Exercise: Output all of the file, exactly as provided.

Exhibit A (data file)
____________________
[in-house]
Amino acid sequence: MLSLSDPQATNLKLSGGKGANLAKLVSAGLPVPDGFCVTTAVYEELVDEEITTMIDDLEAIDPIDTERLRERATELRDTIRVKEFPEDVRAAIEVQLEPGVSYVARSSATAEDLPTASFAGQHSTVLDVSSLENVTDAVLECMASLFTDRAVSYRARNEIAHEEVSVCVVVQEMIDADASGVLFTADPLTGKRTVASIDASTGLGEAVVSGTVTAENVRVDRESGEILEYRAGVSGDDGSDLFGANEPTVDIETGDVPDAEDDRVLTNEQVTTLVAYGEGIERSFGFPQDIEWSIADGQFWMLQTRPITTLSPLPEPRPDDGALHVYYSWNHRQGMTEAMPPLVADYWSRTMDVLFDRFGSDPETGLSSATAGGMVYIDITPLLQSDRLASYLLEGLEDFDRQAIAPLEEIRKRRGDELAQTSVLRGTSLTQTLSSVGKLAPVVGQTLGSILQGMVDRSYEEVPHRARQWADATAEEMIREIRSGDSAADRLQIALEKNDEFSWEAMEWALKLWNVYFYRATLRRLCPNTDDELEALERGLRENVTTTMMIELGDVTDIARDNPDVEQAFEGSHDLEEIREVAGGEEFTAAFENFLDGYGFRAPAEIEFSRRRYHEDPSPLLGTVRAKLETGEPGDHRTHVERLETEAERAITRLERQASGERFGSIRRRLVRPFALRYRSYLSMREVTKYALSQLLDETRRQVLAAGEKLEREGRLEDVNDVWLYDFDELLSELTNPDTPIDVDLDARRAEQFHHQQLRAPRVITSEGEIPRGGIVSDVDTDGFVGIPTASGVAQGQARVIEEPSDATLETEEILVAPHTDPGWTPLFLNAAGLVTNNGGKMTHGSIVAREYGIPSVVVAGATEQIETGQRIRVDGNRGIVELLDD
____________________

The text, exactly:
[in-house]
Amino acid sequence: MLSLSDPQATNLKLSGGKGANLAKLVSAGLPVPDGFCVTTAVYEELVDEEITTMIDDLEAIDPIDTERLRERATELRDTIRVKEFPEDVRAAIEVQLEPGVSYVARSSATAEDLPTASFAGQHSTVLDVSSLENVTDAVLECMASLFTDRAVSYRARNEIAHEEVSVCVVVQEMIDADASGVLFTADPLTGKRTVASIDASTGLGEAVVSGTVTAENVRVDRESGEILEYRAGVSGDDGSDLFGANEPTVDIETGDVPDAEDDRVLTNEQVTTLVAYGEGIERSFGFPQDIEWSIADGQFWMLQTRPITTLSPLPEPRPDDGALHVYYSWNHRQGMTEAMPPLVADYWSRTMDVLFDRFGSDPETGLSSATAGGMVYIDITPLLQSDRLASYLLEGLEDFDRQAIAPLEEIRKRRGDELAQTSVLRGTSLTQTLSSVGKLAPVVGQTLGSILQGMVDRSYEEVPHRARQWADATAEEMIREIRSGDSAADRLQIALEKNDEFSWEAMEWALKLWNVYFYRATLRRLCPNTDDELEALERGLRENVTTTMMIELGDVTDIARDNPDVEQAFEGSHDLEEIREVAGGEEFTAAFENFLDGYGFRAPAEIEFSRRRYHEDPSPLLGTVRAKLETGEPGDHRTHVERLETEAERAITRLERQASGERFGSIRRRLVRPFALRYRSYLSMREVTKYALSQLLDETRRQVLAAGEKLEREGRLEDVNDVWLYDFDELLSELTNPDTPIDVDLDARRAEQFHHQQLRAPRVITSEGEIPRGGIVSDVDTDGFVGIPTASGVAQGQARVIEEPSDATLETEEILVAPHTDPGWTPLFLNAAGLVTNNGGKMTHGSIVAREYGIPSVVVAGATEQIETGQRIRVDGNRGIVELLDD